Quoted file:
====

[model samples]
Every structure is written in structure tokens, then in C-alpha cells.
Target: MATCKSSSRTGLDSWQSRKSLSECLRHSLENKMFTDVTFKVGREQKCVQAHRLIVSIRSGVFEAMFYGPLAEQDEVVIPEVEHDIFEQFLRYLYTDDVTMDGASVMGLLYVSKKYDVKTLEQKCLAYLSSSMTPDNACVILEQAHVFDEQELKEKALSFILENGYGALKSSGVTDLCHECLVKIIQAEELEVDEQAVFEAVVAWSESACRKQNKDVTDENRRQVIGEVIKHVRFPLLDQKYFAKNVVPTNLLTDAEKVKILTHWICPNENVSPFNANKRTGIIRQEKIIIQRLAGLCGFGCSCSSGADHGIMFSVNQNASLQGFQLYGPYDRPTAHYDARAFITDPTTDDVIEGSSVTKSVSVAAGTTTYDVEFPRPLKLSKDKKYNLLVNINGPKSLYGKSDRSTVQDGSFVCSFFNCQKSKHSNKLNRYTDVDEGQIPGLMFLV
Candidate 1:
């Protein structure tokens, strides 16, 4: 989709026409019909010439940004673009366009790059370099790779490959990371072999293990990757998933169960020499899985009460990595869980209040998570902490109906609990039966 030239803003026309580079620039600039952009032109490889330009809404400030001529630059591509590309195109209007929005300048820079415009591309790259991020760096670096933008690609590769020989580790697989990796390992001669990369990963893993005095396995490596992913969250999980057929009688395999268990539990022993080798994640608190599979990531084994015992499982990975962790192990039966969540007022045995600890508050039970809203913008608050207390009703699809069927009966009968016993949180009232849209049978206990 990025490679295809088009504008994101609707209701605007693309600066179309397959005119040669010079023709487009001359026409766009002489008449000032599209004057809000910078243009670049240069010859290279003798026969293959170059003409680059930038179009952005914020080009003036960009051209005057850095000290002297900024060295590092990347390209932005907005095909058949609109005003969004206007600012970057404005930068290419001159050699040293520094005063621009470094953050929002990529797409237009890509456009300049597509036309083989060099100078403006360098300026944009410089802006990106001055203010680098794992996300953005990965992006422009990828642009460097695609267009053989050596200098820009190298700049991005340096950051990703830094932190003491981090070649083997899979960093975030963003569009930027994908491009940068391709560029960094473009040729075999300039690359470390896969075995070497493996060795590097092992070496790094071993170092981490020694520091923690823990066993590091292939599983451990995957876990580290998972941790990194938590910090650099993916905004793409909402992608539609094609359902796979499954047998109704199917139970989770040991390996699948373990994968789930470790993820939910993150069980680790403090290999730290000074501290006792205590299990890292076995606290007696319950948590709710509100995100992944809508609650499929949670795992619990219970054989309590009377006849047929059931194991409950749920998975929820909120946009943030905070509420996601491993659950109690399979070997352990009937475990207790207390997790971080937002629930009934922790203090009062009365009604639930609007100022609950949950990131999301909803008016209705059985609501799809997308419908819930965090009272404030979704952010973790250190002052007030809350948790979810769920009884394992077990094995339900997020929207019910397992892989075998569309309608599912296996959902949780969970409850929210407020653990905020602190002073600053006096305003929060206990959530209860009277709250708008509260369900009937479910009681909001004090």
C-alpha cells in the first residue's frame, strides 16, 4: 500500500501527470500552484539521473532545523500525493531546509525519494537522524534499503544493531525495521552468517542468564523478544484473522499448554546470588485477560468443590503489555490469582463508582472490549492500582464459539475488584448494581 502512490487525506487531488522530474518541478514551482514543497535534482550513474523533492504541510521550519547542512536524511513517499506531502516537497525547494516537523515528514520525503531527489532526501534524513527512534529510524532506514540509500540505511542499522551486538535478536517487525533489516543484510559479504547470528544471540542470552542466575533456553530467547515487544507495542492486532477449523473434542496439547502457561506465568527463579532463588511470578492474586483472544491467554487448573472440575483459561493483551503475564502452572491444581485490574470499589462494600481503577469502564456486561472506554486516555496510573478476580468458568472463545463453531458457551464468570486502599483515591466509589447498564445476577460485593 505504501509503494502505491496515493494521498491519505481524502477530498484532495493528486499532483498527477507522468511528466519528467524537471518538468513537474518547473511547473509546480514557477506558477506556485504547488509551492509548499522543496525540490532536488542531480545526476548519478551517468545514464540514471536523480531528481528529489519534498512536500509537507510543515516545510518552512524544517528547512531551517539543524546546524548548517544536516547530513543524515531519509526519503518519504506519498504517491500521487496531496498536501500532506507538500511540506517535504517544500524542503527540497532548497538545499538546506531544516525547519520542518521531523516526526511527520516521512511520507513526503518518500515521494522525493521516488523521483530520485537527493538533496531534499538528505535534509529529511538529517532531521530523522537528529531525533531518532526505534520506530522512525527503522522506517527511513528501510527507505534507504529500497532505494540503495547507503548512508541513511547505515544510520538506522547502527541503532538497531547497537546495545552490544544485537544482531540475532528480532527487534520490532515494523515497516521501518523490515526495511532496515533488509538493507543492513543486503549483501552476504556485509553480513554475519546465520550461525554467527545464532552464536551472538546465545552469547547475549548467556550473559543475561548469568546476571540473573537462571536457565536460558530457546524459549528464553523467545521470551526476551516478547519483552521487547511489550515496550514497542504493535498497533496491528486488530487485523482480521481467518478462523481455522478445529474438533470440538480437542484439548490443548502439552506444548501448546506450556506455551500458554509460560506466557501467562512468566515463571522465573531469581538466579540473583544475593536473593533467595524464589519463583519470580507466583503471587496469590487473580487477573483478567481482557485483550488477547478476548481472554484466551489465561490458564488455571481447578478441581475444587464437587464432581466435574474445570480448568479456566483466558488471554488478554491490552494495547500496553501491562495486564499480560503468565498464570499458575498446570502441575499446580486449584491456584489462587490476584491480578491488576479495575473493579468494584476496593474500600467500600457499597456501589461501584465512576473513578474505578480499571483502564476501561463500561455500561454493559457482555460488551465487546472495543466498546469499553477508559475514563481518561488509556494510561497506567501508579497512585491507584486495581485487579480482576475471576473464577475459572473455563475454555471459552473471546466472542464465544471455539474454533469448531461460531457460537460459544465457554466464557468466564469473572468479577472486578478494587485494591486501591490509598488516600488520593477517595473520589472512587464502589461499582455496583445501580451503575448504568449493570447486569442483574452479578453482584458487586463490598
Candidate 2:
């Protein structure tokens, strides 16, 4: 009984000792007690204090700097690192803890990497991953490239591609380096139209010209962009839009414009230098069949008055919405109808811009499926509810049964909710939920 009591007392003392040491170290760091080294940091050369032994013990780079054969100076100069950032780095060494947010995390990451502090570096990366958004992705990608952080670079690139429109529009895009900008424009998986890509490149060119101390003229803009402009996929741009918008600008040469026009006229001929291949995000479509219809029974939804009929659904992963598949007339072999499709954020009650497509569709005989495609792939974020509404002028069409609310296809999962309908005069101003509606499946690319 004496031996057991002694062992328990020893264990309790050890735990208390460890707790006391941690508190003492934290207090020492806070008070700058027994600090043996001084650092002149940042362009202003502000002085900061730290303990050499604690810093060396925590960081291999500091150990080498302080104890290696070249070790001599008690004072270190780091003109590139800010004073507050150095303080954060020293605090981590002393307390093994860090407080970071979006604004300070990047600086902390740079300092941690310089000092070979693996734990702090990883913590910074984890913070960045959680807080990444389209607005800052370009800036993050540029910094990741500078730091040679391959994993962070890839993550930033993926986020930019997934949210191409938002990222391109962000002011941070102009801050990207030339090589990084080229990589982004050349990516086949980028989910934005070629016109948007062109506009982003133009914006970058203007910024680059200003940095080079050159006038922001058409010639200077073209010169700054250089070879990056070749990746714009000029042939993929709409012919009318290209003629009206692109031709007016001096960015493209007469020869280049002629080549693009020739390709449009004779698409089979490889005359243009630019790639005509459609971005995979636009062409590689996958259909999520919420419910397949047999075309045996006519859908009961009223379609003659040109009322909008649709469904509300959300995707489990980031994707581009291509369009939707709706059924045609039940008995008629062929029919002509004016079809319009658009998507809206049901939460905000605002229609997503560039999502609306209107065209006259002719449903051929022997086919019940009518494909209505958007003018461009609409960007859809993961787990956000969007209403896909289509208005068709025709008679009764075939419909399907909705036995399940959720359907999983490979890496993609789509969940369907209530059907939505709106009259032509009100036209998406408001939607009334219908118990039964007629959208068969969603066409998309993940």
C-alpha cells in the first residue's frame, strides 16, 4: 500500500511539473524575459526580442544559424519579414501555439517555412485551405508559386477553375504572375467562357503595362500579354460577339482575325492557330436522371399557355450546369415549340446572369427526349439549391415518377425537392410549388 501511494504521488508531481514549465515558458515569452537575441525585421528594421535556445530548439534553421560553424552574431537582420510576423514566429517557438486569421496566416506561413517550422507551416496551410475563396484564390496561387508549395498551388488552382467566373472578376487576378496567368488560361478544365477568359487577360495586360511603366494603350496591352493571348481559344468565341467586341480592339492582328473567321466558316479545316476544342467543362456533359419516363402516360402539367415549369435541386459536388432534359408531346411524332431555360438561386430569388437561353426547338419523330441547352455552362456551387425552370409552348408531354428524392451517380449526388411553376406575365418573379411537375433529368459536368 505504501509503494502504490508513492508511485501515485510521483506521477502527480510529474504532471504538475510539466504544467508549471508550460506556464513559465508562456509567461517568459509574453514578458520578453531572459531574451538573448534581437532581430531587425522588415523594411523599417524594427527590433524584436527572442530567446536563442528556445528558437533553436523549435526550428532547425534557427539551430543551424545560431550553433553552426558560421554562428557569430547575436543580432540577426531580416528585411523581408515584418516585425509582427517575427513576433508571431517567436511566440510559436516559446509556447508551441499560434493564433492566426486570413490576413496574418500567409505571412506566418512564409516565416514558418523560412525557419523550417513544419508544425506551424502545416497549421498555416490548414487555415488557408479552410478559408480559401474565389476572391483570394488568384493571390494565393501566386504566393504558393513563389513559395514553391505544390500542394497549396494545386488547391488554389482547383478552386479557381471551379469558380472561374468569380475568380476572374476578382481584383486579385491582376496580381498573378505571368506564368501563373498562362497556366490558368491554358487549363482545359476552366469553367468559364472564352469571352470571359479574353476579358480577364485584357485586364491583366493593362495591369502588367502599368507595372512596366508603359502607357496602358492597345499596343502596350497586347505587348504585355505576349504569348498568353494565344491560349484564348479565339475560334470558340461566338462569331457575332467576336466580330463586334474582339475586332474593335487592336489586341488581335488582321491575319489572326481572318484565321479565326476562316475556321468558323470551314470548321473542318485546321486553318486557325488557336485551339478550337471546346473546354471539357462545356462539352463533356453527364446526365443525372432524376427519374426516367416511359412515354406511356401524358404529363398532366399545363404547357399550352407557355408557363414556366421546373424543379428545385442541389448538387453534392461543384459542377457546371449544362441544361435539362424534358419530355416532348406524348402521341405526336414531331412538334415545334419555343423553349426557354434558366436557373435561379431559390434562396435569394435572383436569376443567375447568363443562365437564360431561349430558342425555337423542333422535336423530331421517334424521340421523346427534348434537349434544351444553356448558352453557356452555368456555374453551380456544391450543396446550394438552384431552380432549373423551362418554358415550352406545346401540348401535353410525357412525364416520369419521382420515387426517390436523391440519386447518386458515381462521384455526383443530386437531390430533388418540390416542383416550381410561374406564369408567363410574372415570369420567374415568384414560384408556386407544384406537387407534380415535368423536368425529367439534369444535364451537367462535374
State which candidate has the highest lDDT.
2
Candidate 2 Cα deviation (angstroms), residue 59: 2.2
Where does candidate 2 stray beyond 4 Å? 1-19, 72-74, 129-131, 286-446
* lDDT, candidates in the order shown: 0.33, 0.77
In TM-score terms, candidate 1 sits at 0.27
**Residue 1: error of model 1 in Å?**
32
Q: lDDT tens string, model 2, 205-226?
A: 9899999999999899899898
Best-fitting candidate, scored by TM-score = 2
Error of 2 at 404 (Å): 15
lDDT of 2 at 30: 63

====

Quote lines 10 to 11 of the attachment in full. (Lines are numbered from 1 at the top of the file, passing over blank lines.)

State which candidate has the highest lDDT.
2